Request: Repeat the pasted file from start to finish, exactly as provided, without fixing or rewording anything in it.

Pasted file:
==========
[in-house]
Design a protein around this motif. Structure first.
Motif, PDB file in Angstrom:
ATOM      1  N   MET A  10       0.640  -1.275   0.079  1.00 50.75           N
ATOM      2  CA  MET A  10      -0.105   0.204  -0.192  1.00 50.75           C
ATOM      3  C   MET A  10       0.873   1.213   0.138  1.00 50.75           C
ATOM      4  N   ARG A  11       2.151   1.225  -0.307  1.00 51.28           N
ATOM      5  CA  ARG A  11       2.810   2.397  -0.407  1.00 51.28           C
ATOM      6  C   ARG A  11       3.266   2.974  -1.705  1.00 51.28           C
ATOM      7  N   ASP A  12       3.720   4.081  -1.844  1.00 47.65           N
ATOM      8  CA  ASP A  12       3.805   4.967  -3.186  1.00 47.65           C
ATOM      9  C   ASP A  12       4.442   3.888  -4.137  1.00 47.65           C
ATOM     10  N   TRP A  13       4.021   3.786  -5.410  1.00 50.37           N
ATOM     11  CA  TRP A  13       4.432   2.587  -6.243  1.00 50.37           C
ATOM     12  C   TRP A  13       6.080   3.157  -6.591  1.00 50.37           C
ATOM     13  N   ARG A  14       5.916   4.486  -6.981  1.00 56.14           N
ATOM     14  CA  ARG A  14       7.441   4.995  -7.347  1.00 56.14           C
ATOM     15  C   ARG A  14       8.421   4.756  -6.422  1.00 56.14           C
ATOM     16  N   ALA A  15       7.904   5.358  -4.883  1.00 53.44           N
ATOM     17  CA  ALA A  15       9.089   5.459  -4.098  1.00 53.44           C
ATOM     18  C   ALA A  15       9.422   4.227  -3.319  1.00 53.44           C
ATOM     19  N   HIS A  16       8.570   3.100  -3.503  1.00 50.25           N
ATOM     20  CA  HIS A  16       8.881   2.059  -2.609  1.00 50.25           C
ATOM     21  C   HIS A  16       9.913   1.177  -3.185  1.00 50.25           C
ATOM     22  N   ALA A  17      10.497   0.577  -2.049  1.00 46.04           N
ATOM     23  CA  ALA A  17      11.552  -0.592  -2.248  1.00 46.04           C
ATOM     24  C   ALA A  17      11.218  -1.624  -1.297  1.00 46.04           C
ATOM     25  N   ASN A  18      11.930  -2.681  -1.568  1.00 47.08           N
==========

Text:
[in-house]
Design a protein around this motif. Structure first.
Motif, PDB file in Angstrom:
ATOM      1  N   MET A  10       0.640  -1.275   0.079  1.00 50.75           N
ATOM      2  CA  MET A  10      -0.105   0.204  -0.192  1.00 50.75           C
ATOM      3  C   MET A  10       0.873   1.213   0.138  1.00 50.75           C
ATOM      4  N   ARG A  11       2.151   1.225  -0.307  1.00 51.28           N
ATOM      5  CA  ARG A  11       2.810   2.397  -0.407  1.00 51.28           C
ATOM      6  C   ARG A  11       3.266   2.974  -1.705  1.00 51.28           C
ATOM      7  N   ASP A  12       3.720   4.081  -1.844  1.00 47.65           N
ATOM      8  CA  ASP A  12       3.805   4.967  -3.186  1.00 47.65           C
ATOM      9  C   ASP A  12       4.442   3.888  -4.137  1.00 47.65           C
ATOM     10  N   TRP A  13       4.021   3.786  -5.410  1.00 50.37           N
ATOM     11  CA  TRP A  13       4.432   2.587  -6.243  1.00 50.37           C
ATOM     12  C   TRP A  13       6.080   3.157  -6.591  1.00 50.37           C
ATOM     13  N   ARG A  14       5.916   4.486  -6.981  1.00 56.14           N
ATOM     14  CA  ARG A  14       7.441   4.995  -7.347  1.00 56.14           C
ATOM     15  C   ARG A  14       8.421   4.756  -6.422  1.00 56.14           C
ATOM     16  N   ALA A  15       7.904   5.358  -4.883  1.00 53.44           N
ATOM     17  CA  ALA A  15       9.089   5.459  -4.098  1.00 53.44           C
ATOM     18  C   ALA A  15       9.422   4.227  -3.319  1.00 53.44           C
ATOM     19  N   HIS A  16       8.570   3.100  -3.503  1.00 50.25           N
ATOM     20  CA  HIS A  16       8.881   2.059  -2.609  1.00 50.25           C
ATOM     21  C   HIS A  16       9.913   1.177  -3.185  1.00 50.25           C
ATOM     22  N   ALA A  17      10.497   0.577  -2.049  1.00 46.04           N
ATOM     23  CA  ALA A  17      11.552  -0.592  -2.248  1.00 46.04           C
ATOM     24  C   ALA A  17      11.218  -1.624  -1.297  1.00 46.04           C
ATOM     25  N   ASN A  18      11.930  -2.681  -1.568  1.00 47.08           N